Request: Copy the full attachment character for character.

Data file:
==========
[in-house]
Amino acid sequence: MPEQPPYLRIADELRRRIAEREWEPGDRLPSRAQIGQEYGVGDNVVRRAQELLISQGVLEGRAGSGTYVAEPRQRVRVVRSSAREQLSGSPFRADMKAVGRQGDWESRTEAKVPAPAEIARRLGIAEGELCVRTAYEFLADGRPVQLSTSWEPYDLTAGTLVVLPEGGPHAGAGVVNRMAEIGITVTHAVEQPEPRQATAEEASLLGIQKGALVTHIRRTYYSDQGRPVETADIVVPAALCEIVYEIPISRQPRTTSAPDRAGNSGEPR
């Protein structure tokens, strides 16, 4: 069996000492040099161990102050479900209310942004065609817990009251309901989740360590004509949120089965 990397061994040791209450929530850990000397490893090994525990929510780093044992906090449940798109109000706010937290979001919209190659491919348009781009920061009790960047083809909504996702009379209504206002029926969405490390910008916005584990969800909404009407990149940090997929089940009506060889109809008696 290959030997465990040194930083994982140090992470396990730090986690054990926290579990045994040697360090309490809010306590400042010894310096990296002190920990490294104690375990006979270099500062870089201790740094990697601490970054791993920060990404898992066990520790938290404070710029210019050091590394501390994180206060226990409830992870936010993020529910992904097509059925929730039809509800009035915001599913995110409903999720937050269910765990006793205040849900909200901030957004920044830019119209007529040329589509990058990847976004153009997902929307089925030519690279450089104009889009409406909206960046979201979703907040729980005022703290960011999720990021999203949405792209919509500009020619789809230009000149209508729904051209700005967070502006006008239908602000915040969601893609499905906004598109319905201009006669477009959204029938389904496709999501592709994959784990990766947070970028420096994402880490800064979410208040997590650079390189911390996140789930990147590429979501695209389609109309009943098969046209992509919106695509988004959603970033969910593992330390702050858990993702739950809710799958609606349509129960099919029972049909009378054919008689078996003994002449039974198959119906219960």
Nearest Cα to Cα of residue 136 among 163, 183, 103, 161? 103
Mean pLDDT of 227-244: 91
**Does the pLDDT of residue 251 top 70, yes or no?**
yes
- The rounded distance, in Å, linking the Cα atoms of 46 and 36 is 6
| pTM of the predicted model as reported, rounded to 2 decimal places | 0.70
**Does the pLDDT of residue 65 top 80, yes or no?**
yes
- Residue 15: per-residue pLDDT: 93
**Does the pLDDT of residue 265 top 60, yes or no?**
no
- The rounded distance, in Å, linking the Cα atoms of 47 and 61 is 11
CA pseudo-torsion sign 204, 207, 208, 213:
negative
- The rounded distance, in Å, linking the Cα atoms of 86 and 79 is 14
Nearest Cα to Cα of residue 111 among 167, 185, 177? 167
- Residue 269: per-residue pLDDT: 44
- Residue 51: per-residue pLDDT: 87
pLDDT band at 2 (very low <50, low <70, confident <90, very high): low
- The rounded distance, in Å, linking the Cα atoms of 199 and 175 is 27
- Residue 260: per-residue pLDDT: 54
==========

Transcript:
[in-house]
Amino acid sequence: MPEQPPYLRIADELRRRIAEREWEPGDRLPSRAQIGQEYGVGDNVVRRAQELLISQGVLEGRAGSGTYVAEPRQRVRVVRSSAREQLSGSPFRADMKAVGRQGDWESRTEAKVPAPAEIARRLGIAEGELCVRTAYEFLADGRPVQLSTSWEPYDLTAGTLVVLPEGGPHAGAGVVNRMAEIGITVTHAVEQPEPRQATAEEASLLGIQKGALVTHIRRTYYSDQGRPVETADIVVPAALCEIVYEIPISRQPRTTSAPDRAGNSGEPR
């Protein structure tokens, strides 16, 4: 069996000492040099161990102050479900209310942004065609817990009251309901989740360590004509949120089965 990397061994040791209450929530850990000397490893090994525990929510780093044992906090449940798109109000706010937290979001919209190659491919348009781009920061009790960047083809909504996702009379209504206002029926969405490390910008916005584990969800909404009407990149940090997929089940009506060889109809008696 290959030997465990040194930083994982140090992470396990730090986690054990926290579990045994040697360090309490809010306590400042010894310096990296002190920990490294104690375990006979270099500062870089201790740094990697601490970054791993920060990404898992066990520790938290404070710029210019050091590394501390994180206060226990409830992870936010993020529910992904097509059925929730039809509800009035915001599913995110409903999720937050269910765990006793205040849900909200901030957004920044830019119209007529040329589509990058990847976004153009997902929307089925030519690279450089104009889009409406909206960046979201979703907040729980005022703290960011999720990021999203949405792209919509500009020619789809230009000149209508729904051209700005967070502006006008239908602000915040969601893609499905906004598109319905201009006669477009959204029938389904496709999501592709994959784990990766947070970028420096994402880490800064979410208040997590650079390189911390996140789930990147590429979501695209389609109309009943098969046209992509919106695509988004959603970033969910593992330390702050858990993702739950809710799958609606349509129960099919029972049909009378054919008689078996003994002449039974198959119906219960």
Nearest Cα to Cα of residue 136 among 163, 183, 103, 161? 103
Mean pLDDT of 227-244: 91
**Does the pLDDT of residue 251 top 70, yes or no?**
yes
- The rounded distance, in Å, linking the Cα atoms of 46 and 36 is 6
| pTM of the predicted model as reported, rounded to 2 decimal places | 0.70
**Does the pLDDT of residue 65 top 80, yes or no?**
yes
- Residue 15: per-residue pLDDT: 93
**Does the pLDDT of residue 265 top 60, yes or no?**
no
- The rounded distance, in Å, linking the Cα atoms of 47 and 61 is 11
CA pseudo-torsion sign 204, 207, 208, 213:
negative
- The rounded distance, in Å, linking the Cα atoms of 86 and 79 is 14
Nearest Cα to Cα of residue 111 among 167, 185, 177? 167
- Residue 269: per-residue pLDDT: 44
- Residue 51: per-residue pLDDT: 87
pLDDT band at 2 (very low <50, low <70, confident <90, very high): low
- The rounded distance, in Å, linking the Cα atoms of 199 and 175 is 27
- Residue 260: per-residue pLDDT: 54